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Proc Natl Acad Sci U S A. 2005 Jan 11;102(2):419-24. Epub 2004 Dec 27.

Regulatory T cells suppress tumor-specific CD8 T cell cytotoxicity through TGF-beta signals in vivo.

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  • 1Dana-Farber Cancer Institute, Harvard Medical School, Boston, MA 02115, USA.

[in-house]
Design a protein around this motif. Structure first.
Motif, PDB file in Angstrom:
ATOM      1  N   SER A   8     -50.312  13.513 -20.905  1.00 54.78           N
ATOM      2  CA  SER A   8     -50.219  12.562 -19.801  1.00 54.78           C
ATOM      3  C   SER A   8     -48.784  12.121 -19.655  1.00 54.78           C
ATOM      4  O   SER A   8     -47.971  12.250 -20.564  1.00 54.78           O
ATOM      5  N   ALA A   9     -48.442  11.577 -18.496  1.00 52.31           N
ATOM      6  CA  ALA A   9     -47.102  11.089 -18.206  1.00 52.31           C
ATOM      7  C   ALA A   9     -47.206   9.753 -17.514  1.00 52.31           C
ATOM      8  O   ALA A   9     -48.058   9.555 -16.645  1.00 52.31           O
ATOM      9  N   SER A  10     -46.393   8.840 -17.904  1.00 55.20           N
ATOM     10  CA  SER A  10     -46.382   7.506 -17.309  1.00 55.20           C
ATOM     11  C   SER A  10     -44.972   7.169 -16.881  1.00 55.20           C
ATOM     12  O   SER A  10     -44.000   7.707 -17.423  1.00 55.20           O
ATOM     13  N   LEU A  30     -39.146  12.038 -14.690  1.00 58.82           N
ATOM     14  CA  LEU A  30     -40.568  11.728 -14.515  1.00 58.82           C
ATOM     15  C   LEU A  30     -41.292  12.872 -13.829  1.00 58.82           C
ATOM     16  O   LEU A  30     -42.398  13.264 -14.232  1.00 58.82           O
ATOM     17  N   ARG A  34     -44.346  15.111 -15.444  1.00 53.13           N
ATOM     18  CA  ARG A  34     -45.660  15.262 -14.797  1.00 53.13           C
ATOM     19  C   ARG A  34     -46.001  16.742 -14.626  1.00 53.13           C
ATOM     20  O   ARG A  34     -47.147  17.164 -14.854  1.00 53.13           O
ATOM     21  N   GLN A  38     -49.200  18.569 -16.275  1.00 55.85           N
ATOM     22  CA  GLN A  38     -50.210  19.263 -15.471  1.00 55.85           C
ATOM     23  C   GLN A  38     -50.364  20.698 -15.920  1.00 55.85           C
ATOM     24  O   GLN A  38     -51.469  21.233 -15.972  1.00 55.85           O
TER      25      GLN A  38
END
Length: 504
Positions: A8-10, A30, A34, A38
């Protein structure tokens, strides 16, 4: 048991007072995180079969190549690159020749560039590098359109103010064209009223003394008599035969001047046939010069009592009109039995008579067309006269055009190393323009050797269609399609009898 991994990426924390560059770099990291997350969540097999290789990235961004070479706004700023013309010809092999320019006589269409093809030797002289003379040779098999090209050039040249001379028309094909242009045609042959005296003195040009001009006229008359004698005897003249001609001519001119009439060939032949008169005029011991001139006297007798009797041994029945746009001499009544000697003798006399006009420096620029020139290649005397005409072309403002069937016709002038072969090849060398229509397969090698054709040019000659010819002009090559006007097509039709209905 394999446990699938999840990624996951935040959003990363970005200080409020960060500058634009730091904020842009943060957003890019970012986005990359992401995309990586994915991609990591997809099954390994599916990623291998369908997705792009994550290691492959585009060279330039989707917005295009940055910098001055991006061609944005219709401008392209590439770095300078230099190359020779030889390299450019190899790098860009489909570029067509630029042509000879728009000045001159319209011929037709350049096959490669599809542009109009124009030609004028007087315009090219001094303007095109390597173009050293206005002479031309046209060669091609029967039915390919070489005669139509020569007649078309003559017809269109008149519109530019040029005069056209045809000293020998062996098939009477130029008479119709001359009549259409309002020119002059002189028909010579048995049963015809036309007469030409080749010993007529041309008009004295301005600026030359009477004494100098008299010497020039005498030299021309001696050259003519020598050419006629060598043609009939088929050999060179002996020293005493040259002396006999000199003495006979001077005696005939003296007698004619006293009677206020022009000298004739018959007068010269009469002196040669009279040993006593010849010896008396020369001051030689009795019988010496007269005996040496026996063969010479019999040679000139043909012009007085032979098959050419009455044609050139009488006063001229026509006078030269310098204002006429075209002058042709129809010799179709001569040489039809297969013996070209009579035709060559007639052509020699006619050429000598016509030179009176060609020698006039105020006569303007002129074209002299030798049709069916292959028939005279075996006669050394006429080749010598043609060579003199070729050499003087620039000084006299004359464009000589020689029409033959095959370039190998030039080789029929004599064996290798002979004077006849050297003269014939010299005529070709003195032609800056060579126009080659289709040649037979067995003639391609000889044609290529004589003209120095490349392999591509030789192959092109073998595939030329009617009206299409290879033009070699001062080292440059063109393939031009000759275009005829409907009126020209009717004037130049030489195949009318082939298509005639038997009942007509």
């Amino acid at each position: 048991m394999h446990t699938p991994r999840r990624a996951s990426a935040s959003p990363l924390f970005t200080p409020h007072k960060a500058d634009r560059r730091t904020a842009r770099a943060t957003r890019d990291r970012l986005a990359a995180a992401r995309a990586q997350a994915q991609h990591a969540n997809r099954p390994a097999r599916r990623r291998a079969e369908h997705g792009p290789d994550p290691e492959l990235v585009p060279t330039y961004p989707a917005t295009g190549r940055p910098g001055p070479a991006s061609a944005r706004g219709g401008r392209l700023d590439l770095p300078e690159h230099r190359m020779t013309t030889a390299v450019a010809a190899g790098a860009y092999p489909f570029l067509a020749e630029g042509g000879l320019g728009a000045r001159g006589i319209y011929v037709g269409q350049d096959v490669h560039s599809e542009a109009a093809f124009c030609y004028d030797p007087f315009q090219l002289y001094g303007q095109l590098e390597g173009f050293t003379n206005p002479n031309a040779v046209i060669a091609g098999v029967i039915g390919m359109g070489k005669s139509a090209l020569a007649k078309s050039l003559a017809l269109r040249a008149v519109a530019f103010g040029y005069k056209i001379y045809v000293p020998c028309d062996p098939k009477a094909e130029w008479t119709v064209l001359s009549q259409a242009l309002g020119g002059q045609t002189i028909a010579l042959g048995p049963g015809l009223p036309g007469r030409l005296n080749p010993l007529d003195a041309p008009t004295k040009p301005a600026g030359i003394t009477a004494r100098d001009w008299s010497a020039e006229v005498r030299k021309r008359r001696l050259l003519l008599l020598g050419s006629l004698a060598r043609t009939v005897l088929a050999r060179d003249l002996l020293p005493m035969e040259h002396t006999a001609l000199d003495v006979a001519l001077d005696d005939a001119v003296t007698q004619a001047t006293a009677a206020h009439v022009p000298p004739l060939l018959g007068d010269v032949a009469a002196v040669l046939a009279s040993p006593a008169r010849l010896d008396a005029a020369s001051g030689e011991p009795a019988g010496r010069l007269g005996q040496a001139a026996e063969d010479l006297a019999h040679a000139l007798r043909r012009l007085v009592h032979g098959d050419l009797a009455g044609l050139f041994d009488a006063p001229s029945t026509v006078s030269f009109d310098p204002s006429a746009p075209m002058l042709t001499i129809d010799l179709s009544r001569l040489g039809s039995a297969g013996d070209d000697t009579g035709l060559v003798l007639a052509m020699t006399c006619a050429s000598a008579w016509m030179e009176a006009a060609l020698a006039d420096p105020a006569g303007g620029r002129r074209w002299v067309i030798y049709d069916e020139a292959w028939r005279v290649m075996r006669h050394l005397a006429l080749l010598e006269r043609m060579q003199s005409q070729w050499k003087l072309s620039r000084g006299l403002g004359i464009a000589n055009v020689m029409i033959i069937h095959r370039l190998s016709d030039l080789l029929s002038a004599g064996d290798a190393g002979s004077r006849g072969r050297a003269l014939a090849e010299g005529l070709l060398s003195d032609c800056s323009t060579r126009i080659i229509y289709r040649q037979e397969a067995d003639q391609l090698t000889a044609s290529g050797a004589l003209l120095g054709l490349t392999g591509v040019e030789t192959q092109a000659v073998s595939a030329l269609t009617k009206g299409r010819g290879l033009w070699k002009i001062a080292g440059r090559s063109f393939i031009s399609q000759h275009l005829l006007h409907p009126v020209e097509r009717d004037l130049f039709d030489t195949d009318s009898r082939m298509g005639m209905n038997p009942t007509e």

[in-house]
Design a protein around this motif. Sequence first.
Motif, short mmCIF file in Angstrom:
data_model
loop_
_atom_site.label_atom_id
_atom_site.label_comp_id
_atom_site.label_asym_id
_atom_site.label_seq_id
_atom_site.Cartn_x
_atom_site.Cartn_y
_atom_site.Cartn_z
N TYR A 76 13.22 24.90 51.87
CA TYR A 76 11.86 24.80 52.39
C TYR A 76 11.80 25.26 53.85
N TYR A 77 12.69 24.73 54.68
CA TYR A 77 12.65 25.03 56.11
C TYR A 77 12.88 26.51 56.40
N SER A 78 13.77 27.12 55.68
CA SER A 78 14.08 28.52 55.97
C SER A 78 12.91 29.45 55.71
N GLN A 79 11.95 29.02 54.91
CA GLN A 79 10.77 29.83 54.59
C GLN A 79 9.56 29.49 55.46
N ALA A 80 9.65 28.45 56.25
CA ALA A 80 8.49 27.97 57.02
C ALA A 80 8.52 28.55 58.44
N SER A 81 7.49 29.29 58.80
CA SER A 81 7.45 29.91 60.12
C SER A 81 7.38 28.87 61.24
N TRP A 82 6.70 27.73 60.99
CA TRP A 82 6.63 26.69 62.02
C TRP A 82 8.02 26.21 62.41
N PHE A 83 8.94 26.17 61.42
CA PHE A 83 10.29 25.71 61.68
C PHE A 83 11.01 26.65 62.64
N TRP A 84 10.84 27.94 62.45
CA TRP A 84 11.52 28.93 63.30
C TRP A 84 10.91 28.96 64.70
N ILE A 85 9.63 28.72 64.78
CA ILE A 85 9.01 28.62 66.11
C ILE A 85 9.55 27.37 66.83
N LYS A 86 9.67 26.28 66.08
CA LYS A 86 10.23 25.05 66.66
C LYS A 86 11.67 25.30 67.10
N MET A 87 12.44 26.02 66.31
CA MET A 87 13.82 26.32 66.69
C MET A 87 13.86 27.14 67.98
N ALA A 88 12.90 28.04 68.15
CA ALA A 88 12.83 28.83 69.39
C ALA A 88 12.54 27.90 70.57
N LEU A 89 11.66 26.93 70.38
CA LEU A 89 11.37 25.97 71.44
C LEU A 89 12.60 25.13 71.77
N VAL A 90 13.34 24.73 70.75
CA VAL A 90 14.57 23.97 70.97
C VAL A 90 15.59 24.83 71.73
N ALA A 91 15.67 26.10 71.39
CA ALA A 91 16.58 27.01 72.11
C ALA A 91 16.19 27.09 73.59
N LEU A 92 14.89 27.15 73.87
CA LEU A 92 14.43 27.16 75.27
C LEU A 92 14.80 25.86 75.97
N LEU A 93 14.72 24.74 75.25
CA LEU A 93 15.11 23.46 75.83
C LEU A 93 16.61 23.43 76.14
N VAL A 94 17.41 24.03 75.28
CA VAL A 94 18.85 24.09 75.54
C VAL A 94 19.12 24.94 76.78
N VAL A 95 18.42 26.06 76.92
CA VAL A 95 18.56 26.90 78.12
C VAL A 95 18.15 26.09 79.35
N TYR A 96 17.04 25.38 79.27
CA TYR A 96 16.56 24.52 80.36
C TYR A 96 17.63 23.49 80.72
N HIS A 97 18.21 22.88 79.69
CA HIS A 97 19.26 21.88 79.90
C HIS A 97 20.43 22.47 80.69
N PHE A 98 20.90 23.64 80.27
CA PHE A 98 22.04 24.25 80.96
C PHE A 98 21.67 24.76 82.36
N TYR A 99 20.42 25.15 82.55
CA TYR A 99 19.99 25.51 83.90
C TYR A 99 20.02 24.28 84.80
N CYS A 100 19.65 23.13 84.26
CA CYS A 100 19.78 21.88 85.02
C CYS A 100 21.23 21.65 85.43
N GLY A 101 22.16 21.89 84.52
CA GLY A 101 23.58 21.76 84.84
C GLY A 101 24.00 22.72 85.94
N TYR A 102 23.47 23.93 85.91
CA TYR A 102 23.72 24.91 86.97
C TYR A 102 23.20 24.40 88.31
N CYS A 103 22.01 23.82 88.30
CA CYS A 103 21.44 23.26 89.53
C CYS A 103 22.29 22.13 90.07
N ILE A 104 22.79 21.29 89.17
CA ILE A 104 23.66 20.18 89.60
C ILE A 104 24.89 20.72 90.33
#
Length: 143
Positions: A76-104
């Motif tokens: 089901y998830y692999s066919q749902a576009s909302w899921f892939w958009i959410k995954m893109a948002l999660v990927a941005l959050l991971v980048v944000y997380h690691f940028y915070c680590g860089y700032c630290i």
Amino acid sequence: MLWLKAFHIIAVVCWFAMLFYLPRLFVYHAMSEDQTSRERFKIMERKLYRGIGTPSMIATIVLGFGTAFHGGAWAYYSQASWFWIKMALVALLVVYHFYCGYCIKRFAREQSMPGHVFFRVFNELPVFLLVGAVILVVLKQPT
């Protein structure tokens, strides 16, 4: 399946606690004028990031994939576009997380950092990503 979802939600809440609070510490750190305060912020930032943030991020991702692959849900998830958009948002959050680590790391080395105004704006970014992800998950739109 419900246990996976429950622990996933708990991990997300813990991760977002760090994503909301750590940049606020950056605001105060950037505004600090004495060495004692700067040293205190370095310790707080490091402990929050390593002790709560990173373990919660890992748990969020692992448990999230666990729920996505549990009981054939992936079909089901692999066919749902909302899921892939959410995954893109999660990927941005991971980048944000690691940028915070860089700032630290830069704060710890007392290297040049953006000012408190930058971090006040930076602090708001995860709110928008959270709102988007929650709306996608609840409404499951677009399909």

Cancer patients can harbor significant numbers of CD8 and CD4 T cells with specificities to tumor antigens (Ags). Yet, in most cases, such T cells fail to eradicate the tumor in vivo. Here, we investigated the interference of Ag-specific CD4(+)CD25(+) regulatory T cells (Treg) with the tumor-specific CD8 T cell immune response in vivo, by monitoring the homing, expansion, and effector function of both subsets in draining and nondraining lymph nodes. The results show that CD8 cells expand to the same extent and produce similar levels of IFN-gamma in the presence or absence of Ag-specific Treg. Nevertheless, these Treg abrogate CD8 T cell-mediated tumor rejection by specifically suppressing the cytotoxicity of expanded CD8 cells. The molecular mechanism of suppression involves TGF-beta because expression of a dominant-negative TGF-beta receptor by tumor-specific CD8 cells renders them resistant to suppression and is associated with tumor rejection and unimpaired cytotoxicity.

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